2. Zataru

Zataru is an online store that aims to bridge the colorful world of cosmetics to the growing demand from women in Indonesia. Founded by four men, Zataru uses an online-to-offline business model where goods purchased online can be retrieved in their pop-up stores. Direct sales can be made from these physical stores, allowing them to cater to customers who prefer to browse items physically as well.

Zataru allows customers to pay by cash-on-delivery and it throws in free shipping as well.

3. Olsera

As e-commerce booms, it should come as no surprise that many offline stores want a piece of the pie as well. The tricky part for shop owners is usually integrating the two channels.

Olsera seeks to make it a seamless process for store merchants with its point of sale and mobile e-commerce solution. The app offers clients centralized data storage, allowing the owner to keep track of inventory, sales data, reporting, and analytics for both the online and offline business. This helps users to scale from offline to online, or vice versa.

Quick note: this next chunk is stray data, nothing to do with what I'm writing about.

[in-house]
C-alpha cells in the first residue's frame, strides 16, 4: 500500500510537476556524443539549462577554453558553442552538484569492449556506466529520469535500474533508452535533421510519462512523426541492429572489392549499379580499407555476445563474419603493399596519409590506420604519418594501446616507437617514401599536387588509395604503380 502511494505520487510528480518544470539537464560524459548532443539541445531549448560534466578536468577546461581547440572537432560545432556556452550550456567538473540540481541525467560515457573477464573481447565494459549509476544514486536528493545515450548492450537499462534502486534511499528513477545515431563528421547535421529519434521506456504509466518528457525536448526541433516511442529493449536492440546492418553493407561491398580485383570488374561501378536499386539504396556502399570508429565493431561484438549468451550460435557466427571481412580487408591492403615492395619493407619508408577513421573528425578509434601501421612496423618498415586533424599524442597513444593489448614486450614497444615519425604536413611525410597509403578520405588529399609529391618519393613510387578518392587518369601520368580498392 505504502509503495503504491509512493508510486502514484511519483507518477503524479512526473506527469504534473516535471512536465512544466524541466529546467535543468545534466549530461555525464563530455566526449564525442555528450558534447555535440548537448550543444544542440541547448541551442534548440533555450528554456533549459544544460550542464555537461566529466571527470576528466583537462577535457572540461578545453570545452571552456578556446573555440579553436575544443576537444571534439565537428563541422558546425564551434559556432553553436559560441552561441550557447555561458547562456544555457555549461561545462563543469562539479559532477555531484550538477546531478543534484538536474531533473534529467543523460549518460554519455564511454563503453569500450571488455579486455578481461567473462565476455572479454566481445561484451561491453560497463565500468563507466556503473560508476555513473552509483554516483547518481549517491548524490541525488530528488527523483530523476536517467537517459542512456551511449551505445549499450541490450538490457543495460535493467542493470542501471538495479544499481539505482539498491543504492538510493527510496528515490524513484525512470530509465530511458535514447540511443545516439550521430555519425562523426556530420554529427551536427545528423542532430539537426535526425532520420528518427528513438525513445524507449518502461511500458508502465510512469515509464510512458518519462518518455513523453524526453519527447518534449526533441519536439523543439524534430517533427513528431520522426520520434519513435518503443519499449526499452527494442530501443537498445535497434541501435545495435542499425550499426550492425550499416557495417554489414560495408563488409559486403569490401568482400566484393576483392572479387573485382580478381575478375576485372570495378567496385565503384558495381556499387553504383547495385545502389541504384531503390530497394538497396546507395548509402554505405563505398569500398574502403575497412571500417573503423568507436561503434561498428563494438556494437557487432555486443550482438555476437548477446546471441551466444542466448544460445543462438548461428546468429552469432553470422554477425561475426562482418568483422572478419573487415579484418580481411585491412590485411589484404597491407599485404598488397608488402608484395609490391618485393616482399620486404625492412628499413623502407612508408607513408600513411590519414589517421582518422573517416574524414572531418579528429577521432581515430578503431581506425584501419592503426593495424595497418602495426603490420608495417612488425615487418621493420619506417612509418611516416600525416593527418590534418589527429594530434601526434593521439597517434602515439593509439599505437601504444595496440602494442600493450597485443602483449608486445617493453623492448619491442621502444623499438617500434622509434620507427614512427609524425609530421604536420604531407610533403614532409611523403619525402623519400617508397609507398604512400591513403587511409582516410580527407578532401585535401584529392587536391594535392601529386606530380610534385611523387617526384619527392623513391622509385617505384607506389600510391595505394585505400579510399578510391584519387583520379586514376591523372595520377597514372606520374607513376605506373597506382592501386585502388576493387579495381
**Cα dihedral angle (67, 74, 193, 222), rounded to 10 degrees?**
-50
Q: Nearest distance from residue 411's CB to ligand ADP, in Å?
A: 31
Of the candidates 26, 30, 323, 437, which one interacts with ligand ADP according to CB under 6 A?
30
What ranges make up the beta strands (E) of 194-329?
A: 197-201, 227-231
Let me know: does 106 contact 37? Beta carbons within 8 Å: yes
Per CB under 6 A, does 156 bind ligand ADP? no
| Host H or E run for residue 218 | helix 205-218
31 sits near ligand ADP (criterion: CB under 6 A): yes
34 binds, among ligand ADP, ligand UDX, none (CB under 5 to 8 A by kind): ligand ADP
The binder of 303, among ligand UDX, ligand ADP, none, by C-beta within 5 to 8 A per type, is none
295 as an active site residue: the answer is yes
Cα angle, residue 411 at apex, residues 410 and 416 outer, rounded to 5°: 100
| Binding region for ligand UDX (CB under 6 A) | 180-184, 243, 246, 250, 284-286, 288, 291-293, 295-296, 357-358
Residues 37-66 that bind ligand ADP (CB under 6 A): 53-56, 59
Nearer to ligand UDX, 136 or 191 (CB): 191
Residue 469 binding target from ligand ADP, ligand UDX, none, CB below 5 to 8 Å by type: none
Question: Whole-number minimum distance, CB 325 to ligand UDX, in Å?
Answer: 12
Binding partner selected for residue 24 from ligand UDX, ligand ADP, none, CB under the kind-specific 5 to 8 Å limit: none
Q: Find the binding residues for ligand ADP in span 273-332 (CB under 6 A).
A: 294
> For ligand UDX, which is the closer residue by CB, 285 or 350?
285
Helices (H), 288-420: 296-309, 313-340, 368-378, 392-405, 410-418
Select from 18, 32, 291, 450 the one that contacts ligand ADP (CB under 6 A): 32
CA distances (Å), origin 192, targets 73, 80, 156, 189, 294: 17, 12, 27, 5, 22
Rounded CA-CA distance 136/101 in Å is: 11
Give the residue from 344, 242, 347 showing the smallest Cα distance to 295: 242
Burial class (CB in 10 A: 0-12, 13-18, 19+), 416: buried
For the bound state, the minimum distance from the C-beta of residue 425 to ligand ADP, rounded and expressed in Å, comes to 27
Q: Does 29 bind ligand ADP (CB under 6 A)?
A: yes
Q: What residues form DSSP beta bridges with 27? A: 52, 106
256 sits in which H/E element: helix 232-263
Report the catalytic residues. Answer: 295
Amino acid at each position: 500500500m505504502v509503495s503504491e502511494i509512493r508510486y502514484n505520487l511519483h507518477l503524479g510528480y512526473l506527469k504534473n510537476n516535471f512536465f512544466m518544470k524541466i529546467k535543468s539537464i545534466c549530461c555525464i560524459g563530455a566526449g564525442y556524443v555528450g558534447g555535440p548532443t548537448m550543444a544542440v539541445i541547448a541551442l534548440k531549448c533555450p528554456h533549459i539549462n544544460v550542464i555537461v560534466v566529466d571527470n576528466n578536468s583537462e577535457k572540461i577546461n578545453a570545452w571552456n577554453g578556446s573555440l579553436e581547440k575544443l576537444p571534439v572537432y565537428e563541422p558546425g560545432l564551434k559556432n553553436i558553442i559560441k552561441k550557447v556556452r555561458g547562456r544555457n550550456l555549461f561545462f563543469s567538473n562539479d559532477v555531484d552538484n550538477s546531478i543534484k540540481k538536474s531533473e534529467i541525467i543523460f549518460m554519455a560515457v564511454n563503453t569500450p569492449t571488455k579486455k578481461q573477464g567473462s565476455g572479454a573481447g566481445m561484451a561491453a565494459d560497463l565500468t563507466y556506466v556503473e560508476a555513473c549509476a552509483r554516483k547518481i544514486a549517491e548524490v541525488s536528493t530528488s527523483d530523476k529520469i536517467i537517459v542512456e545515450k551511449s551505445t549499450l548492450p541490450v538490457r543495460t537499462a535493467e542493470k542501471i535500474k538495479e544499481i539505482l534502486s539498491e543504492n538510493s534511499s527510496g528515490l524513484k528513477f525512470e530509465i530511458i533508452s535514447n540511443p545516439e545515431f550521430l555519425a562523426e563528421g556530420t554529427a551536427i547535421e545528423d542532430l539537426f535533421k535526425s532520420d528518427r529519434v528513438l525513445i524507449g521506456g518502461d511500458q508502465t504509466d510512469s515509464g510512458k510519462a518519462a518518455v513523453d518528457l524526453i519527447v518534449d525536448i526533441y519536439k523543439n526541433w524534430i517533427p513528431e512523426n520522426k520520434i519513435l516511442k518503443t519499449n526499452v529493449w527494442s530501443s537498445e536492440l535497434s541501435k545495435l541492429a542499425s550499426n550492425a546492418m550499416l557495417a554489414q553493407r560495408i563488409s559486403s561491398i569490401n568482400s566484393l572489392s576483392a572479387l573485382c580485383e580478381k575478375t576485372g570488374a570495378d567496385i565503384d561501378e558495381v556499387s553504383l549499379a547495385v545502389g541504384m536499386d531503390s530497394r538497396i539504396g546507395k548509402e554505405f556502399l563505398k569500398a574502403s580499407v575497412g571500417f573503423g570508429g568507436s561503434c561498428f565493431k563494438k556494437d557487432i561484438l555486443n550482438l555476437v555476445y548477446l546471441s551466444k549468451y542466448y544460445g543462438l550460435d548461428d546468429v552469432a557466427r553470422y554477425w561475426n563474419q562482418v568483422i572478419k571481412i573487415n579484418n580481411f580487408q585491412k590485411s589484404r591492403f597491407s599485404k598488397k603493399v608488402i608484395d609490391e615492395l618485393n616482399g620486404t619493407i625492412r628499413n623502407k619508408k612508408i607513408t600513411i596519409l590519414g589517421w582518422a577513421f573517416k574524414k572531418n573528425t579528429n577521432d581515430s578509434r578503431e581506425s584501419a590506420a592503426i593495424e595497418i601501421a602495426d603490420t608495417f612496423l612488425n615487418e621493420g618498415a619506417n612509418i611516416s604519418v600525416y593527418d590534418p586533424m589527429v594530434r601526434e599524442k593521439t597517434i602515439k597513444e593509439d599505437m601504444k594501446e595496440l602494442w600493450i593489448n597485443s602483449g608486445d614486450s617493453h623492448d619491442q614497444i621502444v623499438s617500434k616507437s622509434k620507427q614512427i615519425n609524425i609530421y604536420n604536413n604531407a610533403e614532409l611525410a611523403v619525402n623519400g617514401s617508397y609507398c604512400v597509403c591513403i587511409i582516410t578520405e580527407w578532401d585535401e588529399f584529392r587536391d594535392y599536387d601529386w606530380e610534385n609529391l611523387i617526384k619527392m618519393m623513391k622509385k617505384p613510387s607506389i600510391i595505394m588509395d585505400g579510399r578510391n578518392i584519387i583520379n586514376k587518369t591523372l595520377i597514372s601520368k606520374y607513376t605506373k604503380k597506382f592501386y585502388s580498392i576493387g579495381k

The mobile app is available on both iOS and Android. The service has a subscription fee.

4. Kukuruyuk

Second-hand products have earned a bad reputation in Indonesia owing to the dishonesty of some sellers who pass off reconditioned products as new ones – and so Kukuruyuk is out to change that. By creating a marketplace for refurbished goods where there was previously none, the startup is aiming to turn one man’s trash into another’s treasure.

Founder Ernest Tjahjana believes there is a pressing need for it, especially now that the government is pushing harder for more electronic factories to set up in Indonesia, which could mean a lot more e-waste in the country. When consumers begin to differentiate between complete electronic waste and usable second-hand products, Kukuruyuk wants to be the reliable go-to channel for distributors, retailers, and brands to sell these reconditioned products.